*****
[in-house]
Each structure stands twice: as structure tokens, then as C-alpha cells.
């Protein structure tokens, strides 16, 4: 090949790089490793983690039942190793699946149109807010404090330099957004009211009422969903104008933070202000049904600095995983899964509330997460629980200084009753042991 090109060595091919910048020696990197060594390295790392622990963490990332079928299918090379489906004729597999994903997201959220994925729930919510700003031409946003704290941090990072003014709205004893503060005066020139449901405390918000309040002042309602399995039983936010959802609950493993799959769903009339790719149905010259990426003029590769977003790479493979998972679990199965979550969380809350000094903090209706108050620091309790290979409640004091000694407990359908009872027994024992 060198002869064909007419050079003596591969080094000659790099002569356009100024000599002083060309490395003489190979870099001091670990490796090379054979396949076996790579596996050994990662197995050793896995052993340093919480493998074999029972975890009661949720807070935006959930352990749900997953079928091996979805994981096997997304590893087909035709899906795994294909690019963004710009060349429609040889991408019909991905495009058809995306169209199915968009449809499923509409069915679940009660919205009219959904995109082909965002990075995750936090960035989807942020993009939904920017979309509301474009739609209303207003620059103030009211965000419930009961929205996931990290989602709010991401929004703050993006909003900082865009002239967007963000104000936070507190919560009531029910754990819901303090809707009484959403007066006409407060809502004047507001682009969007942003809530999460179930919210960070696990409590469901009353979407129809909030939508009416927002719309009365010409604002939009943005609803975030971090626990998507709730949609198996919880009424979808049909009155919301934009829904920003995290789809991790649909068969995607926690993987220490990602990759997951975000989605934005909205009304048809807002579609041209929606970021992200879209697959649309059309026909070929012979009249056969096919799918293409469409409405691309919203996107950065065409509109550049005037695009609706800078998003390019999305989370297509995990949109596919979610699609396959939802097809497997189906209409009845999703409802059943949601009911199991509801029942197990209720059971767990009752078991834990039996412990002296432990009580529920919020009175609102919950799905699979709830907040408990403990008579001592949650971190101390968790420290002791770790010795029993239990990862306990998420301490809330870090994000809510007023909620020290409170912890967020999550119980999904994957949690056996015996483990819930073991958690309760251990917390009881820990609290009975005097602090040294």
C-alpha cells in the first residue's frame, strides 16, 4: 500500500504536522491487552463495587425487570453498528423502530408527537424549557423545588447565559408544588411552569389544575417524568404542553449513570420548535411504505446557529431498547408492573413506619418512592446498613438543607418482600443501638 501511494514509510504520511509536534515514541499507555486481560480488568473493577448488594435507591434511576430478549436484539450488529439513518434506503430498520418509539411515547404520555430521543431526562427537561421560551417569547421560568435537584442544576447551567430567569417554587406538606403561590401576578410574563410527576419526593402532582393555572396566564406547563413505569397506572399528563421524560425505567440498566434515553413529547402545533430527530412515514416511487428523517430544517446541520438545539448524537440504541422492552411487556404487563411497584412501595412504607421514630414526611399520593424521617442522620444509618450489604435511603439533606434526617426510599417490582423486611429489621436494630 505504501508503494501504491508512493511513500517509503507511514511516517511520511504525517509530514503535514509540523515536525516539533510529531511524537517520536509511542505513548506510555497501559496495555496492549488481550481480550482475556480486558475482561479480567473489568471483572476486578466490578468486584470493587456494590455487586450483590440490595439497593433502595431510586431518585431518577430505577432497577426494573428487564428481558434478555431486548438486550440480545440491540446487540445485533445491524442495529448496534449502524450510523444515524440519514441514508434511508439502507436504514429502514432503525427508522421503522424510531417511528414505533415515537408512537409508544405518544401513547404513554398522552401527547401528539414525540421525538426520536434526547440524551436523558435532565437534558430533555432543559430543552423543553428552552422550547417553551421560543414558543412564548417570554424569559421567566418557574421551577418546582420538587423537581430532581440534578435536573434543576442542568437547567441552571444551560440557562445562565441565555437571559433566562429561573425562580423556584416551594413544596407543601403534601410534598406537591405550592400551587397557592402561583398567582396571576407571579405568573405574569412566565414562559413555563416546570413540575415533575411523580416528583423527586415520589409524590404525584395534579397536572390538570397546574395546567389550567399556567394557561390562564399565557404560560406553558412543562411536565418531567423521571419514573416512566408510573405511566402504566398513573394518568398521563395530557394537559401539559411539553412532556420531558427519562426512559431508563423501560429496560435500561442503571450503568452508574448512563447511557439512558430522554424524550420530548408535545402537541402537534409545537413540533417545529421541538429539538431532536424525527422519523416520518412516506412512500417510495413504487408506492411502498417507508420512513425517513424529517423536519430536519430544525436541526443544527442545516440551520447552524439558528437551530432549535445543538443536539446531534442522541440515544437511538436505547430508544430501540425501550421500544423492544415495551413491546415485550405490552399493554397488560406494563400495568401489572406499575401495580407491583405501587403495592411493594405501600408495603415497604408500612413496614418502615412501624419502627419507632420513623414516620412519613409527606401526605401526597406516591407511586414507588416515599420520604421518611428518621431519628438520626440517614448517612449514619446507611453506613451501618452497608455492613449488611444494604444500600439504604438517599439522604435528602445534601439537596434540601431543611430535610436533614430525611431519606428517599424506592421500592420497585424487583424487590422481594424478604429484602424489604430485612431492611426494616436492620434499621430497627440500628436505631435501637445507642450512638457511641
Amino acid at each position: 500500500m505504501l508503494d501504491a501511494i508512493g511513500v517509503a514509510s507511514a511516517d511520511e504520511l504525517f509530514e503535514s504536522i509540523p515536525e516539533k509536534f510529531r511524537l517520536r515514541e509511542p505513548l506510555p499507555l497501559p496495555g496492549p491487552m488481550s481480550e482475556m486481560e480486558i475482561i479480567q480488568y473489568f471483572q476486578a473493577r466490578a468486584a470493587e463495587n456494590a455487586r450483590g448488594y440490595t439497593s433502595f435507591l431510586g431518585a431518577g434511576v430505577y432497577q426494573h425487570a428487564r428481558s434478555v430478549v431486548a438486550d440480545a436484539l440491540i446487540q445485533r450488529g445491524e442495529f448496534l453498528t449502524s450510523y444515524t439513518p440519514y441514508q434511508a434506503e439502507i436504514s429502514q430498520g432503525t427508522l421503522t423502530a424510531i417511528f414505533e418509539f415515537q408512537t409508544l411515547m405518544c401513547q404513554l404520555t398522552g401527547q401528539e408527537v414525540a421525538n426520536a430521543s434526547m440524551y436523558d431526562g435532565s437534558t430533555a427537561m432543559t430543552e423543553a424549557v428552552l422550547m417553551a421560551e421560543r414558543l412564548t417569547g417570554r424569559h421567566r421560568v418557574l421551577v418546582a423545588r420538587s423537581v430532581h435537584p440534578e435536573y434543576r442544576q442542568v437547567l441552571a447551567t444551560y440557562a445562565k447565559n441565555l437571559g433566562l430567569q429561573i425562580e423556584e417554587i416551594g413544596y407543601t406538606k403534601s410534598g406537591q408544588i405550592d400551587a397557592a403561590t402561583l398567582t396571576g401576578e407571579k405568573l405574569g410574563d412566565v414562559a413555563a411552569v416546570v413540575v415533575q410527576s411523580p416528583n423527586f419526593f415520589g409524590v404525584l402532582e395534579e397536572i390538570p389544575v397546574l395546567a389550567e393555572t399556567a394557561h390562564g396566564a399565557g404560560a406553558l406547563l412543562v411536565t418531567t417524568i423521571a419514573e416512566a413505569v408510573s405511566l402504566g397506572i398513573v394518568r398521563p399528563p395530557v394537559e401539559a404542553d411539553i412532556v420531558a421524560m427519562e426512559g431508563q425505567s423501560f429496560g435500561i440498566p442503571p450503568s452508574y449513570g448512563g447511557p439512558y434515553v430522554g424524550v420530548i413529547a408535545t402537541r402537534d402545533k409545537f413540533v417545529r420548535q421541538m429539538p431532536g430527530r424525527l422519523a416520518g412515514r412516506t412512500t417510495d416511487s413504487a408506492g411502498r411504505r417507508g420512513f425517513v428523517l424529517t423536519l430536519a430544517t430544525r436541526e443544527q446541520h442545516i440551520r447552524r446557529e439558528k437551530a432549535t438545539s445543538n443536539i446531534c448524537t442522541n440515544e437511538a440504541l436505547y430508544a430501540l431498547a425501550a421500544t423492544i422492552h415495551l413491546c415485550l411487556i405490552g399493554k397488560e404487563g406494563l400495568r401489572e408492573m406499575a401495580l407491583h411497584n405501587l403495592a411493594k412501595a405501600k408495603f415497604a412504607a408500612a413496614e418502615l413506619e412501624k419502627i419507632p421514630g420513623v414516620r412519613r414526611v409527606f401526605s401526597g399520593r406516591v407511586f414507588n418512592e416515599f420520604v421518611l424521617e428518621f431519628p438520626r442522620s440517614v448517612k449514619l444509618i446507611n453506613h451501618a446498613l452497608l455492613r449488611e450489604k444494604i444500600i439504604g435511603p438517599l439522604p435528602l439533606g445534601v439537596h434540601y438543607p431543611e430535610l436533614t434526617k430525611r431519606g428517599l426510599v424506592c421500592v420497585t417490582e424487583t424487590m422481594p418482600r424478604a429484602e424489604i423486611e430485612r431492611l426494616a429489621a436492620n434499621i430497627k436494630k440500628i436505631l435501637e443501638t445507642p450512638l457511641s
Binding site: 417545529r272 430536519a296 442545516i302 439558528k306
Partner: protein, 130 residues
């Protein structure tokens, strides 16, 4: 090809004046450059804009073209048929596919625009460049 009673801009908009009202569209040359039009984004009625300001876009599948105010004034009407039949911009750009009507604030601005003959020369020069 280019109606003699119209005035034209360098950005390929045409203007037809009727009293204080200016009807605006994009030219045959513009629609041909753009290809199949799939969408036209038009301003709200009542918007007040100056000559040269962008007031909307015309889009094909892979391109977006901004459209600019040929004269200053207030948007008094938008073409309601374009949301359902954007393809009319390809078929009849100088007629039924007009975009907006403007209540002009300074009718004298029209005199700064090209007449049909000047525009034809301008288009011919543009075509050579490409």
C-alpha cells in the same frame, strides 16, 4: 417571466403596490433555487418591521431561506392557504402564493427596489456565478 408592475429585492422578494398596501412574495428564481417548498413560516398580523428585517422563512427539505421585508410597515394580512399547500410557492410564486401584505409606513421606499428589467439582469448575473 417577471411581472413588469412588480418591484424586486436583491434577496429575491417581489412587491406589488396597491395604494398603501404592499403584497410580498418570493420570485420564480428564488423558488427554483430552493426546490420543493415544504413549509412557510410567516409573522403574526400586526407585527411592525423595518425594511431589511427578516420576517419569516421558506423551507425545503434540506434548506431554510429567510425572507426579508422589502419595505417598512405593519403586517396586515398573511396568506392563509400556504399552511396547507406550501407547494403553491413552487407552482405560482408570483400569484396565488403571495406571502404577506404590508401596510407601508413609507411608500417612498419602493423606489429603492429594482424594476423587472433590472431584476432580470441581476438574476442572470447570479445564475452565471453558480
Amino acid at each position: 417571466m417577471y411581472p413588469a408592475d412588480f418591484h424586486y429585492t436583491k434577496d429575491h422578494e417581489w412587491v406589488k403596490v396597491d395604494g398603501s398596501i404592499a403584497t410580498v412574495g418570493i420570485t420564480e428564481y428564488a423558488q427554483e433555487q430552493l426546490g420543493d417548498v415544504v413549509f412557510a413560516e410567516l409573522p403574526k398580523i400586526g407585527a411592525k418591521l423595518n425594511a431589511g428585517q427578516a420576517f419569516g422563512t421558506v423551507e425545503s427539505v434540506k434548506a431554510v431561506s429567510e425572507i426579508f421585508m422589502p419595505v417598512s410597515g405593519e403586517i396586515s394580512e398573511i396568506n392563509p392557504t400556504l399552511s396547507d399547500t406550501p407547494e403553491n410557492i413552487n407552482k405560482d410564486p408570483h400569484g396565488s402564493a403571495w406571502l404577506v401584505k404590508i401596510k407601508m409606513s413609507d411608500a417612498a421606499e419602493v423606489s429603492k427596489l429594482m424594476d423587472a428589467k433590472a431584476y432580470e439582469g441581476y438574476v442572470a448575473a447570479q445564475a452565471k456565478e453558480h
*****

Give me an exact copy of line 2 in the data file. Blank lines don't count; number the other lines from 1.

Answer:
Each structure stands twice: as structure tokens, then as C-alpha cells.